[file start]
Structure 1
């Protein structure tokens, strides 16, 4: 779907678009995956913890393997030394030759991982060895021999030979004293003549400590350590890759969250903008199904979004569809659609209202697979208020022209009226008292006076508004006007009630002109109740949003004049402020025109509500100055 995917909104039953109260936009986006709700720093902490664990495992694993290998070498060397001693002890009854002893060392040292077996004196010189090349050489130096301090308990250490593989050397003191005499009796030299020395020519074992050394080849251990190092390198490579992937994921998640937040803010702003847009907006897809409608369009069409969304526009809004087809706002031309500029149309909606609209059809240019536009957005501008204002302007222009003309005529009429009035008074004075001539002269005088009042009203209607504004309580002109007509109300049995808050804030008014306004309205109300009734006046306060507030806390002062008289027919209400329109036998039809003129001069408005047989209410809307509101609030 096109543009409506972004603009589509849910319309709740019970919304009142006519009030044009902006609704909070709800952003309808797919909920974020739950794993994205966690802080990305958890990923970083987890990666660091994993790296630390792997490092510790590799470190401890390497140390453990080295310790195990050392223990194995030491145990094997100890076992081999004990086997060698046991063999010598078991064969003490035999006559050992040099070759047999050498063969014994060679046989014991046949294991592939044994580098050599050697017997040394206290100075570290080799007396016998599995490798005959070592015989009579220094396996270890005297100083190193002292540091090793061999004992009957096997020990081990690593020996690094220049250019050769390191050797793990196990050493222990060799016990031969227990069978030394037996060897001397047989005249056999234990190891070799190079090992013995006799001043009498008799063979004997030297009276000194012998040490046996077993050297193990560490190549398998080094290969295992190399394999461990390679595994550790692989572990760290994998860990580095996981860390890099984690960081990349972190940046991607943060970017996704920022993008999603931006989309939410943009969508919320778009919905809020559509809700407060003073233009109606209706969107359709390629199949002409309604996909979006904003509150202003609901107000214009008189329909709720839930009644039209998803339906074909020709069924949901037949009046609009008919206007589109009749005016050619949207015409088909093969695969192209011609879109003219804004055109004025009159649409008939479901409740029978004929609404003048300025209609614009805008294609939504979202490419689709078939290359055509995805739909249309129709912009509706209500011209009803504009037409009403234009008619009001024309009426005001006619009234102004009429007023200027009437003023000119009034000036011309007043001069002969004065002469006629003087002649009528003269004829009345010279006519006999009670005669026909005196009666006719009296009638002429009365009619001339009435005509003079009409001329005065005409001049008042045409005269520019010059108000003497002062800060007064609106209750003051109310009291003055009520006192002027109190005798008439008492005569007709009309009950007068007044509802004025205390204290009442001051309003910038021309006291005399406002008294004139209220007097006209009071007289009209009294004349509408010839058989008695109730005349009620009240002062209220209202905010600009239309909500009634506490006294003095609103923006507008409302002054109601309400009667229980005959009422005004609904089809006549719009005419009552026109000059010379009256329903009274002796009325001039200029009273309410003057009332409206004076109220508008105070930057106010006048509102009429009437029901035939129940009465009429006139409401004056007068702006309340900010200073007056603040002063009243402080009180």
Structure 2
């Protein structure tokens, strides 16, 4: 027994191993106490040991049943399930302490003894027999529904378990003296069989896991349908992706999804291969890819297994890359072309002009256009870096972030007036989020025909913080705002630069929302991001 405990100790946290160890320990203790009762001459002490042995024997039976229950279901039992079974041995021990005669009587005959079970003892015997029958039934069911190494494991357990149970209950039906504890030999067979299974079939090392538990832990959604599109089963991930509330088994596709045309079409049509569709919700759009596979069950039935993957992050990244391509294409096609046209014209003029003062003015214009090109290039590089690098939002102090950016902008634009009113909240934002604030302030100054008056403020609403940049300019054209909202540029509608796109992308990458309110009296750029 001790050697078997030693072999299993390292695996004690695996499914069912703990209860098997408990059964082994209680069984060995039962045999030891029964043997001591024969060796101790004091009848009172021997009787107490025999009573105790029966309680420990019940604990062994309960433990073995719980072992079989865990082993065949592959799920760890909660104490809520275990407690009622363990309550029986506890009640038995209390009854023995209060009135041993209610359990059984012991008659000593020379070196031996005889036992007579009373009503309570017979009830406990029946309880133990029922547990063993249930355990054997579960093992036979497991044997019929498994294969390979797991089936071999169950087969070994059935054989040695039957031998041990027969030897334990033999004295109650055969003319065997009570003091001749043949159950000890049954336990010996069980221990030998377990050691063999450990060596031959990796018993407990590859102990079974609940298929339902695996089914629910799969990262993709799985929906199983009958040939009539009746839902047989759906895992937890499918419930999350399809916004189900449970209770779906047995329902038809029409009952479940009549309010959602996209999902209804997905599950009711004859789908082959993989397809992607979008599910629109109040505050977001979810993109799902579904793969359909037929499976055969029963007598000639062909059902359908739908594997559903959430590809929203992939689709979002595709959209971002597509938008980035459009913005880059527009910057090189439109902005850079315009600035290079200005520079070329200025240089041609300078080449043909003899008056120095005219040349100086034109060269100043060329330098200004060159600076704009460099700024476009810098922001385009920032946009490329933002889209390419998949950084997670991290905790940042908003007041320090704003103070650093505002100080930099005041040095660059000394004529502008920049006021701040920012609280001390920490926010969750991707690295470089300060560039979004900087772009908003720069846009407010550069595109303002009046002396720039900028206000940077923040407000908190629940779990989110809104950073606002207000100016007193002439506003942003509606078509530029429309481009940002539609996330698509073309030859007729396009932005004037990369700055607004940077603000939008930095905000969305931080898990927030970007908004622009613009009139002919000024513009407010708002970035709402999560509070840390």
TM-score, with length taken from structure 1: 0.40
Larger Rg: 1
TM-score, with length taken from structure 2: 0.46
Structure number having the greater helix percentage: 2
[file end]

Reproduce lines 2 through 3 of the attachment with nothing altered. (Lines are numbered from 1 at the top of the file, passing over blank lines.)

């Protein structure tokens, strides 16, 4: 779907678009995956913890393997030394030759991982060895021999030979004293003549400590350590890759969250903008199904979004569809659609209202697979208020022209009226008292006076508004006007009630002109109740949003004049402020025109509500100055 995917909104039953109260936009986006709700720093902490664990495992694993290998070498060397001693002890009854002893060392040292077996004196010189090349050489130096301090308990250490593989050397003191005499009796030299020395020519074992050394080849251990190092390198490579992937994921998640937040803010702003847009907006897809409608369009069409969304526009809004087809706002031309500029149309909606609209059809240019536009957005501008204002302007222009003309005529009429009035008074004075001539002269005088009042009203209607504004309580002109007509109300049995808050804030008014306004309205109300009734006046306060507030806390002062008289027919209400329109036998039809003129001069408005047989209410809307509101609030 096109543009409506972004603009589509849910319309709740019970919304009142006519009030044009902006609704909070709800952003309808797919909920974020739950794993994205966690802080990305958890990923970083987890990666660091994993790296630390792997490092510790590799470190401890390497140390453990080295310790195990050392223990194995030491145990094997100890076992081999004990086997060698046991063999010598078991064969003490035999006559050992040099070759047999050498063969014994060679046989014991046949294991592939044994580098050599050697017997040394206290100075570290080799007396016998599995490798005959070592015989009579220094396996270890005297100083190193002292540091090793061999004992009957096997020990081990690593020996690094220049250019050769390191050797793990196990050493222990060799016990031969227990069978030394037996060897001397047989005249056999234990190891070799190079090992013995006799001043009498008799063979004997030297009276000194012998040490046996077993050297193990560490190549398998080094290969295992190399394999461990390679595994550790692989572990760290994998860990580095996981860390890099984690960081990349972190940046991607943060970017996704920022993008999603931006989309939410943009969508919320778009919905809020559509809700407060003073233009109606209706969107359709390629199949002409309604996909979006904003509150202003609901107000214009008189329909709720839930009644039209998803339906074909020709069924949901037949009046609009008919206007589109009749005016050619949207015409088909093969695969192209011609879109003219804004055109004025009159649409008939479901409740029978004929609404003048300025209609614009805008294609939504979202490419689709078939290359055509995805739909249309129709912009509706209500011209009803504009037409009403234009008619009001024309009426005001006619009234102004009429007023200027009437003023000119009034000036011309007043001069002969004065002469006629003087002649009528003269004829009345010279006519006999009670005669026909005196009666006719009296009638002429009365009619001339009435005509003079009409001329005065005409001049008042045409005269520019010059108000003497002062800060007064609106209750003051109310009291003055009520006192002027109190005798008439008492005569007709009309009950007068007044509802004025205390204290009442001051309003910038021309006291005399406002008294004139209220007097006209009071007289009209009294004349509408010839058989008695109730005349009620009240002062209220209202905010600009239309909500009634506490006294003095609103923006507008409302002054109601309400009667229980005959009422005004609904089809006549719009005419009552026109000059010379009256329903009274002796009325001039200029009273309410003057009332409206004076109220508008105070930057106010006048509102009429009437029901035939129940009465009429006139409401004056007068702006309340900010200073007056603040002063009243402080009180």
Structure 2